Diabetes Hands Foundation Closes, Handing Diabetes Forums To Beyond Type 1

On June 8th, the Diabetes Hands Foundation (DHF) announced the winding down of the organization, after having served the diabetes community for nearly 10 years. Beyond Type 1, a global non-profit organization focusing on education, advocacy, and a cure for Type 1 diabetes, has been selected to take over and continue the work of DHF’s diabetes forums, TuDiabetes and EsTuDiabetes. The transition is likely to begin this week, with Mila Ferrer joining Beyond Type 1 from DHF. Ferrer will continue to serve as program director. As Beyond Type 1 is taking over only DHF’s forums, the transition means that the MasterLab, the Big Blue Test, and Diabetes Advocates programs will likely be discontinued. It appears that funding was one of the reasons why DHF decided to fold, and we know all too well what a challenge it can be to maintain sustainable funding. A DiabetesMine article noted, “There have been rumblings about sponsorship and funding challenges for the non-profit for the past several years, especially after founder Manny Hernandez departed…” According to the Beyond Type 1 press release, “The Diabetes Hands Foundation has been a pioneering force for the entire diabetes community since 2008, uniting efforts across Type 1 and Type 2 diabetes, as well as across languages and backgrounds. While Diabetes Hands Foundation will shut down, the two communities that DHF runs – TuDiabetes.org (English) and EsTuDiabetes.org (Spanish) – are critical and must be maintained.” Thom Sher, Beyond Type 1’s Chief Operations Officer, expressed the organization’s commitment to maintaining and continuing to provide the forums as a space to connect about diabetes. “Based on the userbase data that I reviewed, the communities appear to be vibrant, and the message boards are key Continue reading >>

How To Deal With Nerve Pain If You Have Diabetes

How To Deal With Nerve Pain If You Have Diabetes

If you have diabetes , you know it well: Too much sugar isn’t good for you. People whose blood sugar is too high or difficult to control are more susceptible to cardiovascular disease, kidney damage, eye problems and other complications, including nerve damage (diabetic neuropathy). Cleveland Clinic is a non-profit academic medical center. Advertising on our site helps support our mission. We do not endorse non-Cleveland Clinic products or services. Policy “High blood sugar is toxic to your nerves,” says  Robert Bolash, MD , a specialist in Cleveland Clinic’s Department of Pain Management. “When a nerve is damaged, you may feel tingling, pins and needles, burning or sharp, stabbing pain.” Diabetic neuropathy typically starts in your toes, feet or ankles and creeps up your body as the condition worsens, he says. However, nerve damage also can affect your hands and wrists as well as your heart, digestive system, sex organs and more. Up to 70 percent of people with diabetes have some kind of neuropathy , reports the National Institute of Diabetes and Digestive and Kidney Diseases (NIDDK) . “Anyone with diabetes can get nerve damage at any time,” says Dr. Bolash. “It’s most common in people whose blood sugar is poorly controlled and those who have had diabetes a long time.” According to the NIDDK, the highest rates of neuropathy are among people who have had diabetes 25 years or longer. To avoid getting diabetic neuropathy, control your blood sugar, keeping it as close to nondiabetic levels as possible, advises Dr. Bolash. The bad news about diabetic neuropathy is that it’s tough to reverse. It also can cause serious problems, especially in your feet. If you don’t feel blisters, sores or other foot injuries and don’t promptly care for them, you Continue reading >>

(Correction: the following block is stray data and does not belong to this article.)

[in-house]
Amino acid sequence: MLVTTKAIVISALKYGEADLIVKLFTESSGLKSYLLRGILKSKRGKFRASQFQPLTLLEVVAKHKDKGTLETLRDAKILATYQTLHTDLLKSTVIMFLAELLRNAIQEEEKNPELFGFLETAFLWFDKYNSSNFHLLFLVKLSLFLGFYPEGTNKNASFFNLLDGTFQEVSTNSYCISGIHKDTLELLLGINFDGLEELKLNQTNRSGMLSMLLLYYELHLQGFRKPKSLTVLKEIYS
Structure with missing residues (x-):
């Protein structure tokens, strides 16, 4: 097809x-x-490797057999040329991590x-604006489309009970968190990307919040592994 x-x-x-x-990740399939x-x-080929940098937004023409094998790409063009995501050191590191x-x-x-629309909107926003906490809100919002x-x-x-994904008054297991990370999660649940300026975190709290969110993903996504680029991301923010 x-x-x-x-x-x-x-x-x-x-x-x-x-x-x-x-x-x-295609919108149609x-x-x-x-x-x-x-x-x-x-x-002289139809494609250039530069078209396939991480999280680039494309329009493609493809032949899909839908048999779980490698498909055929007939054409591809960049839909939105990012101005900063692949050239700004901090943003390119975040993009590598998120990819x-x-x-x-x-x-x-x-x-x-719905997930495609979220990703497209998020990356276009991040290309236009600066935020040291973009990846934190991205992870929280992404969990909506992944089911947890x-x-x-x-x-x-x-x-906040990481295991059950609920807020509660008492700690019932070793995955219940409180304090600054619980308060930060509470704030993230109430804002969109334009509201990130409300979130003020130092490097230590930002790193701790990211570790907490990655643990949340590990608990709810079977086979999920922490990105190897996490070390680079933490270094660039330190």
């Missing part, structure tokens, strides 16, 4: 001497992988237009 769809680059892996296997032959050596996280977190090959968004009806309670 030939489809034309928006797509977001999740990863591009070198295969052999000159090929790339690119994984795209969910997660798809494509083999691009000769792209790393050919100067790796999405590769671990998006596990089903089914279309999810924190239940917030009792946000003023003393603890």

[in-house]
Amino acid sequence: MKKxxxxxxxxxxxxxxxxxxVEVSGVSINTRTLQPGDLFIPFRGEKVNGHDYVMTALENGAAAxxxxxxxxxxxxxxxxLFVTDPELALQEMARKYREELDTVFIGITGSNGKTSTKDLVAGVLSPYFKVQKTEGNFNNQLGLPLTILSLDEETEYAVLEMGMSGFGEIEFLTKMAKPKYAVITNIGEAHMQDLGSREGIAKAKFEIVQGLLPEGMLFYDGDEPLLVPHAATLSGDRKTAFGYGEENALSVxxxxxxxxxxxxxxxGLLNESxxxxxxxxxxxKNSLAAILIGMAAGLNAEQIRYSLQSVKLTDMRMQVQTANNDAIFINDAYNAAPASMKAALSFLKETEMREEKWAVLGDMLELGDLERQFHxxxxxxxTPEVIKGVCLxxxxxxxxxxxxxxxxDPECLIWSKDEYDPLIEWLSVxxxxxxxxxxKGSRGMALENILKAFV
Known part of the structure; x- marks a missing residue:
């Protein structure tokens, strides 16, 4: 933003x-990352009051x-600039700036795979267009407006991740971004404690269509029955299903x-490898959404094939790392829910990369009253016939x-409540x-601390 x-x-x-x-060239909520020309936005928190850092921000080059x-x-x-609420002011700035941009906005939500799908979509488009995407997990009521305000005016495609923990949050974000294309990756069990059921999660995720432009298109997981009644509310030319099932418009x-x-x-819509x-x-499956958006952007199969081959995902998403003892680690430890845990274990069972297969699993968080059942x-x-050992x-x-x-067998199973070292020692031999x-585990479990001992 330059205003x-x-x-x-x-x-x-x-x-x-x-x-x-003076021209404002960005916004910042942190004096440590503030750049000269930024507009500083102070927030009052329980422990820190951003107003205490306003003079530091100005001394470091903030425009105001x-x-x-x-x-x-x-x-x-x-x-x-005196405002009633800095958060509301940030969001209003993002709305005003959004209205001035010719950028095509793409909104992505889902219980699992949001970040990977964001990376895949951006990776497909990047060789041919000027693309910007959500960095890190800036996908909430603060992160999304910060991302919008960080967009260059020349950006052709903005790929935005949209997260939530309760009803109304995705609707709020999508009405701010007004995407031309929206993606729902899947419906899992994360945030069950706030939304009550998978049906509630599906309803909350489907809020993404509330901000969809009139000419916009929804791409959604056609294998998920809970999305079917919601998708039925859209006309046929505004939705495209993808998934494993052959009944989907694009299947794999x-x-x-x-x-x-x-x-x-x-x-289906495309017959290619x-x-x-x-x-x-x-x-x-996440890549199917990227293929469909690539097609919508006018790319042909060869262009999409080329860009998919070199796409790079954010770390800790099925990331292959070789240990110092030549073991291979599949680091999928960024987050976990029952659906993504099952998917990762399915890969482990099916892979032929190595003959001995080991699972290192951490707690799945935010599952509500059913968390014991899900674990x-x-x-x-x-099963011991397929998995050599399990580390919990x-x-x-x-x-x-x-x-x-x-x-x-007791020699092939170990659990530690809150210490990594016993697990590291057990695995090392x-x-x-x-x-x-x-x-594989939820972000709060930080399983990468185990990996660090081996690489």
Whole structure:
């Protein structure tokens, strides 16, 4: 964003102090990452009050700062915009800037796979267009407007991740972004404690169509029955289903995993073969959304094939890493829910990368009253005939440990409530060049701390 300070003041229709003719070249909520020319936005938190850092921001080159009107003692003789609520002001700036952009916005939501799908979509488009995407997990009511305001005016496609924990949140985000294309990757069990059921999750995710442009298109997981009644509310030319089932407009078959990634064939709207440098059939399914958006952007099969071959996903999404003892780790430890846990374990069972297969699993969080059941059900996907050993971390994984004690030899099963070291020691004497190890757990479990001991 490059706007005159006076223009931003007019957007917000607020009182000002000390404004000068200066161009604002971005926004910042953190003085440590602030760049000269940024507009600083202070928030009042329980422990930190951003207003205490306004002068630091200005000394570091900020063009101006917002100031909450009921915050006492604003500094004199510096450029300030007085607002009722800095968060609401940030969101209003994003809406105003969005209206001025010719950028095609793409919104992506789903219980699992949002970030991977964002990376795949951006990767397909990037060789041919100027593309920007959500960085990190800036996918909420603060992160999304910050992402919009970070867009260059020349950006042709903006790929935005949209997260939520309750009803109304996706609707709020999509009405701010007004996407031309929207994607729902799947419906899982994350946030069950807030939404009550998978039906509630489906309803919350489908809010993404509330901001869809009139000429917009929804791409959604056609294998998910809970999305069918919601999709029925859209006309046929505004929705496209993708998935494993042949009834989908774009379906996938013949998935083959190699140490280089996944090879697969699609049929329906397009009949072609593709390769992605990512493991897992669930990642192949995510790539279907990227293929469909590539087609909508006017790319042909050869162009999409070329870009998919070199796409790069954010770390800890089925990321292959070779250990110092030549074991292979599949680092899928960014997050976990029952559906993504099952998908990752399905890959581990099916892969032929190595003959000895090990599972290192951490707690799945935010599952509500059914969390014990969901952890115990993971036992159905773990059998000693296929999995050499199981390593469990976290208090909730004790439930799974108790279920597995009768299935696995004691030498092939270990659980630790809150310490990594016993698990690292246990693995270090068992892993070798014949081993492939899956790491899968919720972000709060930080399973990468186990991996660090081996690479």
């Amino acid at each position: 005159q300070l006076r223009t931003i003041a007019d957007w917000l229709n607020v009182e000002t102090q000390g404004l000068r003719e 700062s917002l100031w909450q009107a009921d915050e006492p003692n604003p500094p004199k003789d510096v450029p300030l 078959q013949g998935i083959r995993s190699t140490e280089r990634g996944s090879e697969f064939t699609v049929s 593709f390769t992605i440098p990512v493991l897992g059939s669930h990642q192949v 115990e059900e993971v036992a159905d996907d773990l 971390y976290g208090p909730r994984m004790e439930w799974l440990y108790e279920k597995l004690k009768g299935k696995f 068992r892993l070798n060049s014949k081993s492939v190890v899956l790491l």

Diabetes And Your Hands

Diabetes And Your Hands

Did you know that diabetes can hurt, stiffen, and even disable your shoulders, wrists, fingers, and other joints? None of these conditions is well understood. So how can you prevent them and deal with them? Of course, people without diabetes can have joint issues, but having diabetes raises your risk. All of these conditions seem to be related to thickening or stiffening of connective tissues — the ligaments and tendons that hold our bodies together. These tissues are mostly made of collagen, a protein that should have some give and flow to it, like a soft rubber ball. When collagen stiffens, joints start to hurt and don’t work as well. Here are four of the more well known diabetes-related joint conditions: Frozen shoulder, also known as adhesive capsulitis, is a condition in which the range of motion of the shoulder joint is severely restricted. According to the American Diabetes Association, it affects 20% of people with diabetes and 5% of the general population. It usually starts with shoulder pain and inflammation and can progress to stiffness and near-complete immobility. Then it starts to resolve, and is usually gone within two years, especially with treatment. Diabetic stiff hand syndrome is a painless disorder caused by an increase in collagen in and just below the skin. It can sharply limit hand function. Carpal tunnel syndrome (CTS) is a painful condition caused by pressure on the median nerve, which passes into the hand through a narrow “tunnel.” If this tunnel is squeezed by thickening of ligaments or other structures, severe pain can result. CTS is often associated with typing or other repetitive work that keep wrists in unnatural positions. Trigger finger is a condition where one or more fingers curl up and are difficult to straighten. The tendons Continue reading >>